Pack, Sack and Crack

Perhaps the biggest difference between the Blues of 2020 and the sides of the last dozen or so years is the resolve of their pack.

Under pressure, both on the pitch and the scoreboard, Patrick Tuipulotu rallied his forward pack around him, and this year he has many willing assistants.

Dalton Papali’i is just one and his second try of the night from a driving lineout just before the hour mark reclaimed the lead, 27-24.

A breathless final 20 minutes ensued, but perhaps the play of the night for the Blues came from Hoskins Sotutu (he of Kiwi, Fijian and English heritage, it has been revealed) with 90 seconds to play.

Hard on defence, he performed just about the hardest legal act on the field: sacking a driving maul, and with it, the Highlanders’ chances.

This Blues side are showing all the component parts to have a proper crack at this title, and you get the feeling they feel it now too. Sitting atop the table, three wins from three, they can take a break this week and prepare for the ultimate challenge that is the Crusaders.

Marchant Banker

Before we head south to Christchurch for game two, a special mention to Joe Marchant, whose spell at the Blues came to an end this weekend.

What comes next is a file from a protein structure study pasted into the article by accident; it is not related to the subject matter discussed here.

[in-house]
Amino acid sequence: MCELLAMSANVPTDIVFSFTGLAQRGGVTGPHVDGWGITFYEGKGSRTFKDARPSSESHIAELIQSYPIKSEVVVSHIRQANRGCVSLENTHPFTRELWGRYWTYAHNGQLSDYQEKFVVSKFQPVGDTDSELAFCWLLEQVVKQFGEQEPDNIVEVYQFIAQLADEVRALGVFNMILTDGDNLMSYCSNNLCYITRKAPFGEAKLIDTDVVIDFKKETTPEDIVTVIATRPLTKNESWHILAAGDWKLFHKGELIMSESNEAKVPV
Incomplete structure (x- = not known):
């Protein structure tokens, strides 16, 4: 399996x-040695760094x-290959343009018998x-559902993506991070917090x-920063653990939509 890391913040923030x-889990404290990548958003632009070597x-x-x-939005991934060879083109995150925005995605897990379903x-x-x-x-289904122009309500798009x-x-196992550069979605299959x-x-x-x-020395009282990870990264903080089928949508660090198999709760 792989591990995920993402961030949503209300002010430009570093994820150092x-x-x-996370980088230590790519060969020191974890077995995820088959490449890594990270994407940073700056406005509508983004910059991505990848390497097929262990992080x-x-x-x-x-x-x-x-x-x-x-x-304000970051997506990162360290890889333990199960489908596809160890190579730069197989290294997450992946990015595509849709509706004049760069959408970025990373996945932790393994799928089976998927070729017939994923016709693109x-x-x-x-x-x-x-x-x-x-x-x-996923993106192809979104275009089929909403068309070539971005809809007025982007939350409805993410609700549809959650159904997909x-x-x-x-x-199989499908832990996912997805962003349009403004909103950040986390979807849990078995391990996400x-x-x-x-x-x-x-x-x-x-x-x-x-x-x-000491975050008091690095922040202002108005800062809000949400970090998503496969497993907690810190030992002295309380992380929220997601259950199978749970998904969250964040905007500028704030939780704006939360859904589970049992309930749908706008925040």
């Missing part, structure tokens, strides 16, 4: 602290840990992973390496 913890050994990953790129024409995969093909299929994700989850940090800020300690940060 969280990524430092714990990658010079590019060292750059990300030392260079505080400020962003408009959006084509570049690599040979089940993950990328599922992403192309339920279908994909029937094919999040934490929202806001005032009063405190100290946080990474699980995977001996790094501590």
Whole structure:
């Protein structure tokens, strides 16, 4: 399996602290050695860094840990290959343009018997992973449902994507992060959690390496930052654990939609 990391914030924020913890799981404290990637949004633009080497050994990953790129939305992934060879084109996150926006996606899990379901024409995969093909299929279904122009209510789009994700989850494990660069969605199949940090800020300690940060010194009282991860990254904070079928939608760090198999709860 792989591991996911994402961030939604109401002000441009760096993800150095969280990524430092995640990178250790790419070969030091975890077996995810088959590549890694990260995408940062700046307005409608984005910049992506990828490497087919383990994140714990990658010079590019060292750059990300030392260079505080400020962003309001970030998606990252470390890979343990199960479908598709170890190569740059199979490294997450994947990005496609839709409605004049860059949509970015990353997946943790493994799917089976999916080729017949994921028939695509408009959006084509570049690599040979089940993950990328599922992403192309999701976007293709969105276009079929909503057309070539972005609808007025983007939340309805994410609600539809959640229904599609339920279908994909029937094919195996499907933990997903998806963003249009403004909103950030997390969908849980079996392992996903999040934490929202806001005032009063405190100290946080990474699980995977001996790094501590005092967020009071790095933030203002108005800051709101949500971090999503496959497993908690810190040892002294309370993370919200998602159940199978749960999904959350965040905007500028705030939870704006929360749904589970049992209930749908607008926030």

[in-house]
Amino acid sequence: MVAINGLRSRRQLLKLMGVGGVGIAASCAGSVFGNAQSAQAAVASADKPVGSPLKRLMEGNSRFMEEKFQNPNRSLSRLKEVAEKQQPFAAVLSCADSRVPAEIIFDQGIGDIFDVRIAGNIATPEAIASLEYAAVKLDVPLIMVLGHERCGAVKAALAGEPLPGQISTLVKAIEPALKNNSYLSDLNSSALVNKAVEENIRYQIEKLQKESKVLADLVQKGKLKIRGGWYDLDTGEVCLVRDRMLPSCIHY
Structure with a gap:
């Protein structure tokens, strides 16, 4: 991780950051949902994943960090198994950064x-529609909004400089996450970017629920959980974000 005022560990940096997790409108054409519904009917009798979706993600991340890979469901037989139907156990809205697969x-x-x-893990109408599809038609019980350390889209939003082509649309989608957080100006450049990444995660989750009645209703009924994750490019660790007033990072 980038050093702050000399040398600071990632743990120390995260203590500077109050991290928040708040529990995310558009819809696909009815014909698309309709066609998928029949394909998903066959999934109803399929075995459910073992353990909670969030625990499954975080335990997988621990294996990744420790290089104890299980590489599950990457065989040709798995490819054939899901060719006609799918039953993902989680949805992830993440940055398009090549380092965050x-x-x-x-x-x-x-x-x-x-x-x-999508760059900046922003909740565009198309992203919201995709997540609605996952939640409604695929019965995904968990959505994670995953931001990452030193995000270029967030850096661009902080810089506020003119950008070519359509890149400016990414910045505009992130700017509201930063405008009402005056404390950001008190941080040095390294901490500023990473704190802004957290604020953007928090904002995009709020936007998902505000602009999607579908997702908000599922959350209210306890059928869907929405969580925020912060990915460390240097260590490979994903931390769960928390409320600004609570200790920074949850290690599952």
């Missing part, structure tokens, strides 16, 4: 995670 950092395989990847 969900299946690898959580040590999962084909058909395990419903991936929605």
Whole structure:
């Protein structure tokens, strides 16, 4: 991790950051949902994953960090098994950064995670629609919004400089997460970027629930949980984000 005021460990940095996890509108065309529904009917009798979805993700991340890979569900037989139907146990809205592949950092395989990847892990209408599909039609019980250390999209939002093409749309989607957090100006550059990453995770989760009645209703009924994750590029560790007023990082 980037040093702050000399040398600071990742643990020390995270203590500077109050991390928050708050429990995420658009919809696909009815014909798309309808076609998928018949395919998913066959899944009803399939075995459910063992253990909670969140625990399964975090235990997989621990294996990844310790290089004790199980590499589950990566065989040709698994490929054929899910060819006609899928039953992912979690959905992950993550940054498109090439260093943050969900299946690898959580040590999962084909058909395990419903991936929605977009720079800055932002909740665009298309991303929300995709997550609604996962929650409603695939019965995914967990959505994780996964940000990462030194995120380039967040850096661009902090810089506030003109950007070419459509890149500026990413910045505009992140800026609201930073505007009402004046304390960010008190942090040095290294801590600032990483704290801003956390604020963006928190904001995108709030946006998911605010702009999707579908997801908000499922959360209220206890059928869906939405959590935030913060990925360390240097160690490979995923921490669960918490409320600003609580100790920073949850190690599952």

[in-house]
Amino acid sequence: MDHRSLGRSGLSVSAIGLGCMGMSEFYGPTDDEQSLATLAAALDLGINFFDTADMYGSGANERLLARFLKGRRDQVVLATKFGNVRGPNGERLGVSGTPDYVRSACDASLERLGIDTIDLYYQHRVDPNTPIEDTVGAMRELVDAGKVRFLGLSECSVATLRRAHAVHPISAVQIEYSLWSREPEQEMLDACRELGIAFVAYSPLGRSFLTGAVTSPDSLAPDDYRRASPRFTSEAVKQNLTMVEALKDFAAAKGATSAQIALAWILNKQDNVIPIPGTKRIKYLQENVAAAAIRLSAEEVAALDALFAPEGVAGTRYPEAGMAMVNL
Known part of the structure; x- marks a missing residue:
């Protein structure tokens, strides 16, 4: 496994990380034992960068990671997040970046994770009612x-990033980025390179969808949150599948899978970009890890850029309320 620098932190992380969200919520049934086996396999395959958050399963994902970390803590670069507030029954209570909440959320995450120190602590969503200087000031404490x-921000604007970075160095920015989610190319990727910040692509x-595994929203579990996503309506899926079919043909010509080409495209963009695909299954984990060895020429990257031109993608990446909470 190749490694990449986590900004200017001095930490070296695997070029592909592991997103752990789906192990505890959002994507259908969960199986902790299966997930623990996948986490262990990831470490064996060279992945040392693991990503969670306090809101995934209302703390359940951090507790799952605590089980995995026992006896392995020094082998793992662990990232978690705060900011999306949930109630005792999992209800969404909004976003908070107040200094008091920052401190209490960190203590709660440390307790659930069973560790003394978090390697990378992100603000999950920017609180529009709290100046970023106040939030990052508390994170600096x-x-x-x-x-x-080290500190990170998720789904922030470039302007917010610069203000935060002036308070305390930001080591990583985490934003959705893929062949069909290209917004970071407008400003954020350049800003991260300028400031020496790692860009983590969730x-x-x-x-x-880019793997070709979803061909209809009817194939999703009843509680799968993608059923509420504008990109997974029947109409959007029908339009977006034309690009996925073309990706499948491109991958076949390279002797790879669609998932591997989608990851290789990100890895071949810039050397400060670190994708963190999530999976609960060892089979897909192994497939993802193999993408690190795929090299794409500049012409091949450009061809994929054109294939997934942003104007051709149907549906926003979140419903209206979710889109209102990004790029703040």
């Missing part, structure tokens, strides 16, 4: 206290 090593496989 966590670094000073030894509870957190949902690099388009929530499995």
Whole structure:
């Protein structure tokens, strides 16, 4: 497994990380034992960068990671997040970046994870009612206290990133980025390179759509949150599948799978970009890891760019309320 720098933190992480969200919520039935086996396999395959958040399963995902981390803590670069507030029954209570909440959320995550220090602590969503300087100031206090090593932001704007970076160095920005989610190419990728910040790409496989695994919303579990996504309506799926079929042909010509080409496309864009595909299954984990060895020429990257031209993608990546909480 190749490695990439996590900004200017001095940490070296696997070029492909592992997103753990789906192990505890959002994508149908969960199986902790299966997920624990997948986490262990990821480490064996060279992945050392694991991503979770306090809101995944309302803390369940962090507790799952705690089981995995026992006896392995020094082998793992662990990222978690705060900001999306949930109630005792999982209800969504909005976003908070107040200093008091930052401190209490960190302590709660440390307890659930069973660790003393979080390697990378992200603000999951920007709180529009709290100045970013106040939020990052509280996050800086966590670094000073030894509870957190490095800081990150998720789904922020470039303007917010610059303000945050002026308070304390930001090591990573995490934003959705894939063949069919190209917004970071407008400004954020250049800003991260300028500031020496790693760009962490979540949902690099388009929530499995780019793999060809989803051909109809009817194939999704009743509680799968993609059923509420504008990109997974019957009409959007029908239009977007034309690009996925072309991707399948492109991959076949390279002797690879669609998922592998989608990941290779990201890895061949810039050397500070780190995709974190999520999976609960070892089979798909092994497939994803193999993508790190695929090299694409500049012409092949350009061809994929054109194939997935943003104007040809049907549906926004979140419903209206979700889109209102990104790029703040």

He has, by all accounts, fully immersed himself in the culture at the club and won many friends and fans as a result.

Although he did not see much game time in the past three weeks, imagine how dealing with Carter, Barrett, Ioane, Umaga and MacDonald (plus many more besides) will shape his future game.

He’s a solid bet for an exciting Quins and England future.

Crusaders 18 – 13 Chiefs

Moody Afternoon

Christchurch was particularly grey and miserable for the Crusaders’ first home match of Super Rugby Aotearoa, but amid the Sunday drizzle was the crackle of a rivalry described by Crusader and All Black Joe Moody as ‘deep-seated hatred’.